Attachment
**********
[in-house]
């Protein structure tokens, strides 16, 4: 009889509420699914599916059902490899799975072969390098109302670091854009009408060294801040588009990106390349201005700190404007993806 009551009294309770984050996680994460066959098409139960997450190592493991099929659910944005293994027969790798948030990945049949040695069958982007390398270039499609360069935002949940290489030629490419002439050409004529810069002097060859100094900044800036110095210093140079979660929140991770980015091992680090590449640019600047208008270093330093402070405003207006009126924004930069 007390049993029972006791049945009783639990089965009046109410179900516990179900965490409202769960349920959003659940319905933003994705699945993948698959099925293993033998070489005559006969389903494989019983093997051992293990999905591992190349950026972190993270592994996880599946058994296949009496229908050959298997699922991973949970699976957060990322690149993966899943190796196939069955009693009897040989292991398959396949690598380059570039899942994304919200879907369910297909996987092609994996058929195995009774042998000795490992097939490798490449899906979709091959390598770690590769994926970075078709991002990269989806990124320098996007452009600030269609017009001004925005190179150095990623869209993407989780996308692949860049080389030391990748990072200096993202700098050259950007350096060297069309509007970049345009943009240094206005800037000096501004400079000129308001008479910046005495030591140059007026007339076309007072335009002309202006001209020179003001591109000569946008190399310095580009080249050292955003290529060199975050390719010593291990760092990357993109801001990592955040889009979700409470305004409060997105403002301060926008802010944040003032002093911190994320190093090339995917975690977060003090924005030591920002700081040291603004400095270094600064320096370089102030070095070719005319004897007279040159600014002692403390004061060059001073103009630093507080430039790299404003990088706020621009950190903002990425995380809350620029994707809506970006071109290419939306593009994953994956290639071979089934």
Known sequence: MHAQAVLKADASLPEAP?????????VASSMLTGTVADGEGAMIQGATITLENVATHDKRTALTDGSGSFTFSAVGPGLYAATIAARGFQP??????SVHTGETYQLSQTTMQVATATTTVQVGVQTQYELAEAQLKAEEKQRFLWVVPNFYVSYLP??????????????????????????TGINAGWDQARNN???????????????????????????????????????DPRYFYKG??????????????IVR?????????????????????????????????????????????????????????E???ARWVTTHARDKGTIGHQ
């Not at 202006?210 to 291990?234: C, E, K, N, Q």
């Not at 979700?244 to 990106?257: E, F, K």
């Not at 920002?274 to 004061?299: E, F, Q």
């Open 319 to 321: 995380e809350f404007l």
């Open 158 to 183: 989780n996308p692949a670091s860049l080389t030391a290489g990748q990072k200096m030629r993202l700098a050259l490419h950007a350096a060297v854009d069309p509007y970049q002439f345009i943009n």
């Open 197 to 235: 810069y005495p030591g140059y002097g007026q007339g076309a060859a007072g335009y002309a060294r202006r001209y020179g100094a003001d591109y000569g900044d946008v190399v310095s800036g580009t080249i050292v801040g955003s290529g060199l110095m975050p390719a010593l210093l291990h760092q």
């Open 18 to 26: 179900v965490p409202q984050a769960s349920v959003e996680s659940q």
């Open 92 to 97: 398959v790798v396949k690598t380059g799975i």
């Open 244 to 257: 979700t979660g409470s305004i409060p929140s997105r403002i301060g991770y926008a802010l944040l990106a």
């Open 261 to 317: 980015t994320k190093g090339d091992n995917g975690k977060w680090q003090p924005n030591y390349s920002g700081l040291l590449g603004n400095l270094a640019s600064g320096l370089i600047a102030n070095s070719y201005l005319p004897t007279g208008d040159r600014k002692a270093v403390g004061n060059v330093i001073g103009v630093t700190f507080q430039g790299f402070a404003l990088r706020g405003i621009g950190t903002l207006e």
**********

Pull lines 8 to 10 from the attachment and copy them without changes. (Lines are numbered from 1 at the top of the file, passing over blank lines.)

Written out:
């Open 158 to 183: 989780n996308p692949a670091s860049l080389t030391a290489g990748q990072k200096m030629r993202l700098a050259l490419h950007a350096a060297v854009d069309p509007y970049q002439f345009i943009n």
């Open 197 to 235: 810069y005495p030591g140059y002097g007026q007339g076309a060859a007072g335009y002309a060294r202006r001209y020179g100094a003001d591109y000569g900044d946008v190399v310095s800036g580009t080249i050292v801040g955003s290529g060199l110095m975050p390719a010593l210093l291990h760092q």
């Open 18 to 26: 179900v965490p409202q984050a769960s349920v959003e996680s659940q």